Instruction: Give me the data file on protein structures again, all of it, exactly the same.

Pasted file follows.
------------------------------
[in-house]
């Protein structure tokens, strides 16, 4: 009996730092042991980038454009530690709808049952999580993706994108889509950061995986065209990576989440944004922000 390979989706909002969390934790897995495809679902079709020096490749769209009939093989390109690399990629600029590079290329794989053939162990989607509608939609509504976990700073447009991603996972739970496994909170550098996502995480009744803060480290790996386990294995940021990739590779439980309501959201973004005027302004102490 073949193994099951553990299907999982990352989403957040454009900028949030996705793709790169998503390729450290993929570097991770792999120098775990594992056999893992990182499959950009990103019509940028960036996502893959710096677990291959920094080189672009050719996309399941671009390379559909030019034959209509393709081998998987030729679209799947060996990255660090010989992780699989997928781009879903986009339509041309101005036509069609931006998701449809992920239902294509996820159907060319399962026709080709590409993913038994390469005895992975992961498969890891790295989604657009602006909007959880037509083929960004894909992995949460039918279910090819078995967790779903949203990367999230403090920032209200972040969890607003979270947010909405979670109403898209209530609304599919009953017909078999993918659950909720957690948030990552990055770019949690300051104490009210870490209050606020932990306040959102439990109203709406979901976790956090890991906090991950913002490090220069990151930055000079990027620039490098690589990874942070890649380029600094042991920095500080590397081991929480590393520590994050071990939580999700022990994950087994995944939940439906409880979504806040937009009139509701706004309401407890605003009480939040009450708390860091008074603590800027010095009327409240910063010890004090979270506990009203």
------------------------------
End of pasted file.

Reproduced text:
[in-house]
């Protein structure tokens, strides 16, 4: 009996730092042991980038454009530690709808049952999580993706994108889509950061995986065209990576989440944004922000 390979989706909002969390934790897995495809679902079709020096490749769209009939093989390109690399990629600029590079290329794989053939162990989607509608939609509504976990700073447009991603996972739970496994909170550098996502995480009744803060480290790996386990294995940021990739590779439980309501959201973004005027302004102490 073949193994099951553990299907999982990352989403957040454009900028949030996705793709790169998503390729450290993929570097991770792999120098775990594992056999893992990182499959950009990103019509940028960036996502893959710096677990291959920094080189672009050719996309399941671009390379559909030019034959209509393709081998998987030729679209799947060996990255660090010989992780699989997928781009879903986009339509041309101005036509069609931006998701449809992920239902294509996820159907060319399962026709080709590409993913038994390469005895992975992961498969890891790295989604657009602006909007959880037509083929960004894909992995949460039918279910090819078995967790779903949203990367999230403090920032209200972040969890607003979270947010909405979670109403898209209530609304599919009953017909078999993918659950909720957690948030990552990055770019949690300051104490009210870490209050606020932990306040959102439990109203709406979901976790956090890991906090991950913002490090220069990151930055000079990027620039490098690589990874942070890649380029600094042991920095500080590397081991929480590393520590994050071990939580999700022990994950087994995944939940439906409880979504806040937009009139509701706004309401407890605003009480939040009450708390860091008074603590800027010095009327409240910063010890004090979270506990009203």